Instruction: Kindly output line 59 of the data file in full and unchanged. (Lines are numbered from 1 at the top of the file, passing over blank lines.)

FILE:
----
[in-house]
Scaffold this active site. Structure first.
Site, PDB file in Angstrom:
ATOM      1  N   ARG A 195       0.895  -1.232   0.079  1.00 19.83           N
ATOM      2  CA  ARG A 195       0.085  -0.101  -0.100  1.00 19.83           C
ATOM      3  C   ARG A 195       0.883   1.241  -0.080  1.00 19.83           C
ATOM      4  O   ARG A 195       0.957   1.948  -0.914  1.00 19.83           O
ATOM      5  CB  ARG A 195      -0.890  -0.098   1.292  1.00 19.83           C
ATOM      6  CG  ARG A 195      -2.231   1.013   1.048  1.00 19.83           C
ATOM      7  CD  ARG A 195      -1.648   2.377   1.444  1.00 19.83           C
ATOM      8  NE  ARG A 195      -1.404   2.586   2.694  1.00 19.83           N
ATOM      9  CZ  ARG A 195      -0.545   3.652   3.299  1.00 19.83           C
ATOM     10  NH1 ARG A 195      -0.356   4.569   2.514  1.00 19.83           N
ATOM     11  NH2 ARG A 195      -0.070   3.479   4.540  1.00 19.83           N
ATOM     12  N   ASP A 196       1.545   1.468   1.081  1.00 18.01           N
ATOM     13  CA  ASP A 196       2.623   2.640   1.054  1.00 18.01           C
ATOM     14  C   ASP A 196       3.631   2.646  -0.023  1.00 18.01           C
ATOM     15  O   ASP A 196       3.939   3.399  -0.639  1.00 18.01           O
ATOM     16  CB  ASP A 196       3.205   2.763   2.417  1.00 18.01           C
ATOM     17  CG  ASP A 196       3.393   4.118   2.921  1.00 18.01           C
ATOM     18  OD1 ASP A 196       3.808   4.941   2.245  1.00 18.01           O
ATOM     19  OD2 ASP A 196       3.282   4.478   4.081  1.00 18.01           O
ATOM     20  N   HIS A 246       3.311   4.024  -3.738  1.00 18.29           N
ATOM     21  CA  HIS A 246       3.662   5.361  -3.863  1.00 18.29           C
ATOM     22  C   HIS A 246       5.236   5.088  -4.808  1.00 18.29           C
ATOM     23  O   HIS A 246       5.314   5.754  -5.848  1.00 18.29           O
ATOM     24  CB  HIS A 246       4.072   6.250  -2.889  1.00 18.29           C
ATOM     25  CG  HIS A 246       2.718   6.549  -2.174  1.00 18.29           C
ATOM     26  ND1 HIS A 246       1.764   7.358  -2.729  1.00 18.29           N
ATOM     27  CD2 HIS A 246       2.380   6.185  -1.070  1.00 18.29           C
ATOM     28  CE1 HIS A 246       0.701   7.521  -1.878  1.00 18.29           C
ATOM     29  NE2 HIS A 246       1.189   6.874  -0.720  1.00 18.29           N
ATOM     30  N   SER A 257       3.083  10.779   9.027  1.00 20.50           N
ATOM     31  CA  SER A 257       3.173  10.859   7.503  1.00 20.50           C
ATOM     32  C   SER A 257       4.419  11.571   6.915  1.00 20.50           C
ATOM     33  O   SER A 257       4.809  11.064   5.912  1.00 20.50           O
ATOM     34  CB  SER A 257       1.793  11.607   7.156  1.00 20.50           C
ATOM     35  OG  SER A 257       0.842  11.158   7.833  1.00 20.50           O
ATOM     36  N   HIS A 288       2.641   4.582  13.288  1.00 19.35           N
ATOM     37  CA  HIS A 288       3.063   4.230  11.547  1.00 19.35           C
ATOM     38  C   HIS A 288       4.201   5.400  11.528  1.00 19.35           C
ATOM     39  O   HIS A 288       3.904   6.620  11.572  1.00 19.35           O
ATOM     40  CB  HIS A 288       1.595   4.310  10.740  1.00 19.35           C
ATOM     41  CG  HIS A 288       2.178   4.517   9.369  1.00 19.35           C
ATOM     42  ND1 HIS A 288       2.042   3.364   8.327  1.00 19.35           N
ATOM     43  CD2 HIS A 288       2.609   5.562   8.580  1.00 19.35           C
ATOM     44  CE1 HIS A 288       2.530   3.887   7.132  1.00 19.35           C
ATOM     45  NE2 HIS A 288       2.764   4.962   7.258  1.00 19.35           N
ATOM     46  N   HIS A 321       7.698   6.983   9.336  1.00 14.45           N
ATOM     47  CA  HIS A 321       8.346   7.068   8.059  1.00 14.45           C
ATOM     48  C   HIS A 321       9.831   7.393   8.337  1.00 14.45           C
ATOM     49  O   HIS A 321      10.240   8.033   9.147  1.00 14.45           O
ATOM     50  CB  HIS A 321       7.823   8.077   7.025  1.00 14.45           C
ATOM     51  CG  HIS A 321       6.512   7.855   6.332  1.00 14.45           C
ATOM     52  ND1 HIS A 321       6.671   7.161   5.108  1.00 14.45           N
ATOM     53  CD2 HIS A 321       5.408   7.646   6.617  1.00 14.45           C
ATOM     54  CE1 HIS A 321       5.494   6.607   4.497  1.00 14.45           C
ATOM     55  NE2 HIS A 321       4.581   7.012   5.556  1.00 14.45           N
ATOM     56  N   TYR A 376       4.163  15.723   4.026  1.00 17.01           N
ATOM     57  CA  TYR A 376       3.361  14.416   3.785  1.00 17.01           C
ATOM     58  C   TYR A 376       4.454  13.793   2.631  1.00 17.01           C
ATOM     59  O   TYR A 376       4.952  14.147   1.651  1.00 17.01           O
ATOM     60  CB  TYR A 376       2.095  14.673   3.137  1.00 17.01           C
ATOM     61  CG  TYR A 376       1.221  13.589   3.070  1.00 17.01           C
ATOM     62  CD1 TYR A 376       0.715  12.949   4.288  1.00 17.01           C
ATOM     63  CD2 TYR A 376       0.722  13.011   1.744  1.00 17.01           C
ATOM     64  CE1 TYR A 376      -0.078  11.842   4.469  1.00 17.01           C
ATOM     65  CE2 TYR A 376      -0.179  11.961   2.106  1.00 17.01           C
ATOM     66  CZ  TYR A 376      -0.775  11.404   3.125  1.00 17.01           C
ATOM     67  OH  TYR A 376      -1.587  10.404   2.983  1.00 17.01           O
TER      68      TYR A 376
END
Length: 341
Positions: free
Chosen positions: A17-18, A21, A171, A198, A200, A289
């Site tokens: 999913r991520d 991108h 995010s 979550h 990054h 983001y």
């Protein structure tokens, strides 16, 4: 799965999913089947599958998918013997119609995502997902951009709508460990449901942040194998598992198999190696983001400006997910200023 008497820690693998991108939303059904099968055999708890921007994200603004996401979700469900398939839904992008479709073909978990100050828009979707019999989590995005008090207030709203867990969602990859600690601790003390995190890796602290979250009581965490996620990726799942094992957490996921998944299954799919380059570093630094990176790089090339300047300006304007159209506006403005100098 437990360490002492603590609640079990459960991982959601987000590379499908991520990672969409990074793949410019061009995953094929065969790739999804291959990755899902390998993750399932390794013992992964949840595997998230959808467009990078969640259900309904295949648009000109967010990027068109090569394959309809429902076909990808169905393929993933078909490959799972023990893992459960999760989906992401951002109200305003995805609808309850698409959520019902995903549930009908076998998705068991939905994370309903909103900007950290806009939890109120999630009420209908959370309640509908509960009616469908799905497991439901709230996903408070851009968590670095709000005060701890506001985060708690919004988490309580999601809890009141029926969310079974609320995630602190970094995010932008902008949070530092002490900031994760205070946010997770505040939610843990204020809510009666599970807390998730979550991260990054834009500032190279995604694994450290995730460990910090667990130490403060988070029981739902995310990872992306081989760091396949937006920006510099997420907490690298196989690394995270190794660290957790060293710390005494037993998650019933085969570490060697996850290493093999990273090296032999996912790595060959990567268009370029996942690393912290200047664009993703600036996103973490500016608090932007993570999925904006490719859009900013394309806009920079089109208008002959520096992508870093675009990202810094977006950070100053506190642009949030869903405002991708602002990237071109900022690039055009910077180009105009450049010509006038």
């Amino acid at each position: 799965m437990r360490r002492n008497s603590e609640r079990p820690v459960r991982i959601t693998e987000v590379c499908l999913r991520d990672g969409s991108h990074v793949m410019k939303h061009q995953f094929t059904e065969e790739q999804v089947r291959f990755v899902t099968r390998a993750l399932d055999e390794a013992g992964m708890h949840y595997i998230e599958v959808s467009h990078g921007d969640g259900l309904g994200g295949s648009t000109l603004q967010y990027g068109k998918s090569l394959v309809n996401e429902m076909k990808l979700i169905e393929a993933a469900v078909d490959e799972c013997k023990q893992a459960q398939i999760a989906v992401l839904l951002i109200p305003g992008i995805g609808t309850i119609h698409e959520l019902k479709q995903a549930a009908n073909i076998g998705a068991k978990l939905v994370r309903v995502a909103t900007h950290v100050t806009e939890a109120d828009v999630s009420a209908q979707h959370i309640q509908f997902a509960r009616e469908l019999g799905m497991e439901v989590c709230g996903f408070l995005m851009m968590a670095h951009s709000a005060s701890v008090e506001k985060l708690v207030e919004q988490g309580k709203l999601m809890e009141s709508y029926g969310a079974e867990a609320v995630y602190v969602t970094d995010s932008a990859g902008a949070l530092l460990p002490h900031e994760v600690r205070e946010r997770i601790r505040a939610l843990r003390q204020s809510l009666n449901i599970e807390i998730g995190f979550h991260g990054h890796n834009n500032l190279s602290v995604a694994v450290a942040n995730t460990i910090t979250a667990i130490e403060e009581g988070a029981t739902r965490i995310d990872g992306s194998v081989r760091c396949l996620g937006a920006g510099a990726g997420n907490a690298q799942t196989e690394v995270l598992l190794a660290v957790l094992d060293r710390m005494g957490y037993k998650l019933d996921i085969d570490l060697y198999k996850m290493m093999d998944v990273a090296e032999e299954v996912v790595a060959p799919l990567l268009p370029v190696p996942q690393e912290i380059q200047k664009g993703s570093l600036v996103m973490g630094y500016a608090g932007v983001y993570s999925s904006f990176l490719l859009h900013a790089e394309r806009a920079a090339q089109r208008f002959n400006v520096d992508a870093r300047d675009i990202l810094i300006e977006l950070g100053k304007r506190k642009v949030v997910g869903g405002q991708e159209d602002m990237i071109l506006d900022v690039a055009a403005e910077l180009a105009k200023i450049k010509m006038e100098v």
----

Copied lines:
ATOM     56  N   TYR A 376       4.163  15.723   4.026  1.00 17.01           N